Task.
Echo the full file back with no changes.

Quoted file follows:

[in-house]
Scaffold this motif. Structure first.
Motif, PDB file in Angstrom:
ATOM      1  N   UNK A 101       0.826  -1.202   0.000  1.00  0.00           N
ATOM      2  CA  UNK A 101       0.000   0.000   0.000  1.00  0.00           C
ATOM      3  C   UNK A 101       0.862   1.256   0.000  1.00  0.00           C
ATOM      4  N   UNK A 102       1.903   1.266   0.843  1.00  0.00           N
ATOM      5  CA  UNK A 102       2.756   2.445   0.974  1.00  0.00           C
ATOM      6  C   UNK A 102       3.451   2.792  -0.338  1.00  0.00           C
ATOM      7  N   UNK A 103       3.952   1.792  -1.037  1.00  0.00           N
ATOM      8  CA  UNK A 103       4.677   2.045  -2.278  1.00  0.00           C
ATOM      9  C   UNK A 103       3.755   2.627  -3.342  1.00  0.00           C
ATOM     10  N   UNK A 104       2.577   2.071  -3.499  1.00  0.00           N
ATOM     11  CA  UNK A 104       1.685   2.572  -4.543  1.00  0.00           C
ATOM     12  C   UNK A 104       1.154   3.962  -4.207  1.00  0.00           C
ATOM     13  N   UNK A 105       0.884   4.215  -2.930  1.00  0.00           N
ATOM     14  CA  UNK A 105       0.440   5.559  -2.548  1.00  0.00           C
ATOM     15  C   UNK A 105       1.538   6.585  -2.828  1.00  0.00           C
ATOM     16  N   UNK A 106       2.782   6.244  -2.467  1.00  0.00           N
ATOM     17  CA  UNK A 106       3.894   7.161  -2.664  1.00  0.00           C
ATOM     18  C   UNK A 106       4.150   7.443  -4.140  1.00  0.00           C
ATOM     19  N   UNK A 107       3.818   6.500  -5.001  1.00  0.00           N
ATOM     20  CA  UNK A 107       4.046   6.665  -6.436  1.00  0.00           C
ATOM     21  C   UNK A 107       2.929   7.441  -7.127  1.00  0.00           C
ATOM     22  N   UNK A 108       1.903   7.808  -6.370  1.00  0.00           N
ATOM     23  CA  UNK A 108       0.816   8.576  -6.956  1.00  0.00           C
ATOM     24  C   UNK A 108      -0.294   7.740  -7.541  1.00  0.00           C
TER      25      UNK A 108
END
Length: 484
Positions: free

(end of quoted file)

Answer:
[in-house]
Scaffold this motif. Structure first.
Motif, PDB file in Angstrom:
ATOM      1  N   UNK A 101       0.826  -1.202   0.000  1.00  0.00           N
ATOM      2  CA  UNK A 101       0.000   0.000   0.000  1.00  0.00           C
ATOM      3  C   UNK A 101       0.862   1.256   0.000  1.00  0.00           C
ATOM      4  N   UNK A 102       1.903   1.266   0.843  1.00  0.00           N
ATOM      5  CA  UNK A 102       2.756   2.445   0.974  1.00  0.00           C
ATOM      6  C   UNK A 102       3.451   2.792  -0.338  1.00  0.00           C
ATOM      7  N   UNK A 103       3.952   1.792  -1.037  1.00  0.00           N
ATOM      8  CA  UNK A 103       4.677   2.045  -2.278  1.00  0.00           C
ATOM      9  C   UNK A 103       3.755   2.627  -3.342  1.00  0.00           C
ATOM     10  N   UNK A 104       2.577   2.071  -3.499  1.00  0.00           N
ATOM     11  CA  UNK A 104       1.685   2.572  -4.543  1.00  0.00           C
ATOM     12  C   UNK A 104       1.154   3.962  -4.207  1.00  0.00           C
ATOM     13  N   UNK A 105       0.884   4.215  -2.930  1.00  0.00           N
ATOM     14  CA  UNK A 105       0.440   5.559  -2.548  1.00  0.00           C
ATOM     15  C   UNK A 105       1.538   6.585  -2.828  1.00  0.00           C
ATOM     16  N   UNK A 106       2.782   6.244  -2.467  1.00  0.00           N
ATOM     17  CA  UNK A 106       3.894   7.161  -2.664  1.00  0.00           C
ATOM     18  C   UNK A 106       4.150   7.443  -4.140  1.00  0.00           C
ATOM     19  N   UNK A 107       3.818   6.500  -5.001  1.00  0.00           N
ATOM     20  CA  UNK A 107       4.046   6.665  -6.436  1.00  0.00           C
ATOM     21  C   UNK A 107       2.929   7.441  -7.127  1.00  0.00           C
ATOM     22  N   UNK A 108       1.903   7.808  -6.370  1.00  0.00           N
ATOM     23  CA  UNK A 108       0.816   8.576  -6.956  1.00  0.00           C
ATOM     24  C   UNK A 108      -0.294   7.740  -7.541  1.00  0.00           C
TER      25      UNK A 108
END
Length: 484
Positions: free